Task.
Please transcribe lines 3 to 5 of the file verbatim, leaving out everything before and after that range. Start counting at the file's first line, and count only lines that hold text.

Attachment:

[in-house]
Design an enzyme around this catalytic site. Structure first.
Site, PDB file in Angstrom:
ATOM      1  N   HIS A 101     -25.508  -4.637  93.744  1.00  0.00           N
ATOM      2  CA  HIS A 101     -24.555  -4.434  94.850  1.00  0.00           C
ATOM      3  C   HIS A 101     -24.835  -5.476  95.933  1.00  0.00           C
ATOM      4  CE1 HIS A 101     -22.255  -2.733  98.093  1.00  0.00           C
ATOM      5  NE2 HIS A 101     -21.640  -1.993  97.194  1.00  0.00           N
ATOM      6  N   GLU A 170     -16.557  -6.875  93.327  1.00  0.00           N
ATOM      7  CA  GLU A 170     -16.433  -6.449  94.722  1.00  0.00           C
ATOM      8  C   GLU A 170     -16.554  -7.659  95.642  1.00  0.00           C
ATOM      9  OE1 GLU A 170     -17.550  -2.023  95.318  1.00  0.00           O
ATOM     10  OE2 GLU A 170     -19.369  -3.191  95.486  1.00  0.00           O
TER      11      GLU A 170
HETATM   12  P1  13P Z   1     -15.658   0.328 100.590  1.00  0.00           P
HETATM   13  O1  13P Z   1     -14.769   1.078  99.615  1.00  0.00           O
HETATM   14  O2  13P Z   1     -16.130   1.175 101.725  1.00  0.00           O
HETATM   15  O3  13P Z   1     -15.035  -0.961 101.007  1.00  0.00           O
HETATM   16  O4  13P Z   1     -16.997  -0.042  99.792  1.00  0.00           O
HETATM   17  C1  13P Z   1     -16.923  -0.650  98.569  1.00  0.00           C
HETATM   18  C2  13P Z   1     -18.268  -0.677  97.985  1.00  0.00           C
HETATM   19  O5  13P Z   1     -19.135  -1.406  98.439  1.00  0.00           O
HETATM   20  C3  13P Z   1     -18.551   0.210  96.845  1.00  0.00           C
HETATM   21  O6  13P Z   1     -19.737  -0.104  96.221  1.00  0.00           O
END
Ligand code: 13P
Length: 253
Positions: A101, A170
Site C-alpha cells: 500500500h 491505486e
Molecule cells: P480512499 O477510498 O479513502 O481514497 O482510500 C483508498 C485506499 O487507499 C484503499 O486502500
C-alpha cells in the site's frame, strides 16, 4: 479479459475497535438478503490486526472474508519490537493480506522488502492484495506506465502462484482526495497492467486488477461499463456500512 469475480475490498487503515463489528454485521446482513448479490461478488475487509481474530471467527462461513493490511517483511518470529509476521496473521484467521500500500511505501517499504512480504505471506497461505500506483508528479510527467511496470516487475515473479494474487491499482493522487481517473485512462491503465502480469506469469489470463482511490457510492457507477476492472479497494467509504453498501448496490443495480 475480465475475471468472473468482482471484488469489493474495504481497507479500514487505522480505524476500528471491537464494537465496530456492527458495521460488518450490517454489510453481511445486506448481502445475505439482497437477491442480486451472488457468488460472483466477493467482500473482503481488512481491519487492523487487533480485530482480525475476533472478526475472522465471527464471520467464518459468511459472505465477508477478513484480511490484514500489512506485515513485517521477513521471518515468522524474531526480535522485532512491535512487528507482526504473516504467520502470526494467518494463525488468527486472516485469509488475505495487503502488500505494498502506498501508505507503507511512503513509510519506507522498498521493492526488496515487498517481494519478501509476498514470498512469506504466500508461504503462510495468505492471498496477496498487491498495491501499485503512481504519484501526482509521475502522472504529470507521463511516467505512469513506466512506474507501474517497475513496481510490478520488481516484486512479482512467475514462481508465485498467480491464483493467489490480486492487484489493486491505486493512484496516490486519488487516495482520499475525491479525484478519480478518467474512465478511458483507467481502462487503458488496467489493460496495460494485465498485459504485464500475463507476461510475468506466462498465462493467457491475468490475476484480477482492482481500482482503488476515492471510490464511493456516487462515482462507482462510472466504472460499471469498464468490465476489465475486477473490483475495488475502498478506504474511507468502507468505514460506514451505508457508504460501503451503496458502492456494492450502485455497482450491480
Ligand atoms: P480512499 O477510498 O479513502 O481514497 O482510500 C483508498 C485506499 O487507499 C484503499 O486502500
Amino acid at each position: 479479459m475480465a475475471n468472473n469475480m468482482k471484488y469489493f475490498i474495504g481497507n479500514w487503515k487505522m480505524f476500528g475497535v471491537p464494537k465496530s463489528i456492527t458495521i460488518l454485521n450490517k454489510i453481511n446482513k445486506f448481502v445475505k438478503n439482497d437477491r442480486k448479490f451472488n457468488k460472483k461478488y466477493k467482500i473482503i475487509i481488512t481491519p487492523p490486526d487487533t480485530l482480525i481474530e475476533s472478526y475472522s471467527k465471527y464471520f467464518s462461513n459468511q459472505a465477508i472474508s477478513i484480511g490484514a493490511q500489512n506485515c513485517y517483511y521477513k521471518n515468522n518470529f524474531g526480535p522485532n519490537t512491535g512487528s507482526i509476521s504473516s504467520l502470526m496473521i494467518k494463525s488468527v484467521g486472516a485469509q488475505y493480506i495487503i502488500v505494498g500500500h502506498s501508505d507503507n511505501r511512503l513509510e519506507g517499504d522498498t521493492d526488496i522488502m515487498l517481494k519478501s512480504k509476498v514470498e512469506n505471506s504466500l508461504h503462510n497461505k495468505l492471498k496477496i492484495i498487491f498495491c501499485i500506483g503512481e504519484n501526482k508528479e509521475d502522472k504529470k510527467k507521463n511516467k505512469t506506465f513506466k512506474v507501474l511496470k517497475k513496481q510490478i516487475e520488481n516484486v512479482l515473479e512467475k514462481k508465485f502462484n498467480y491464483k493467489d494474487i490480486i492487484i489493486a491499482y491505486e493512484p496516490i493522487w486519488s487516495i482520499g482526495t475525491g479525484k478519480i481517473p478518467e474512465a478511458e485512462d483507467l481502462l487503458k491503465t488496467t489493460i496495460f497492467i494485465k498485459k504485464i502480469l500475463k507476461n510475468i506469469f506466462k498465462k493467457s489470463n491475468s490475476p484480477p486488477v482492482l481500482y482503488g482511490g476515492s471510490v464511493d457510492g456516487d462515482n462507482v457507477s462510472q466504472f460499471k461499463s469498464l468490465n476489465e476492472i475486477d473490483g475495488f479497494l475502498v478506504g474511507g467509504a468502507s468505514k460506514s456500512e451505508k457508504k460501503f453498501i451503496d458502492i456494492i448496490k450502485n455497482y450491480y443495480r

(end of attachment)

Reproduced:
Site, PDB file in Angstrom:
ATOM      1  N   HIS A 101     -25.508  -4.637  93.744  1.00  0.00           N
ATOM      2  CA  HIS A 101     -24.555  -4.434  94.850  1.00  0.00           C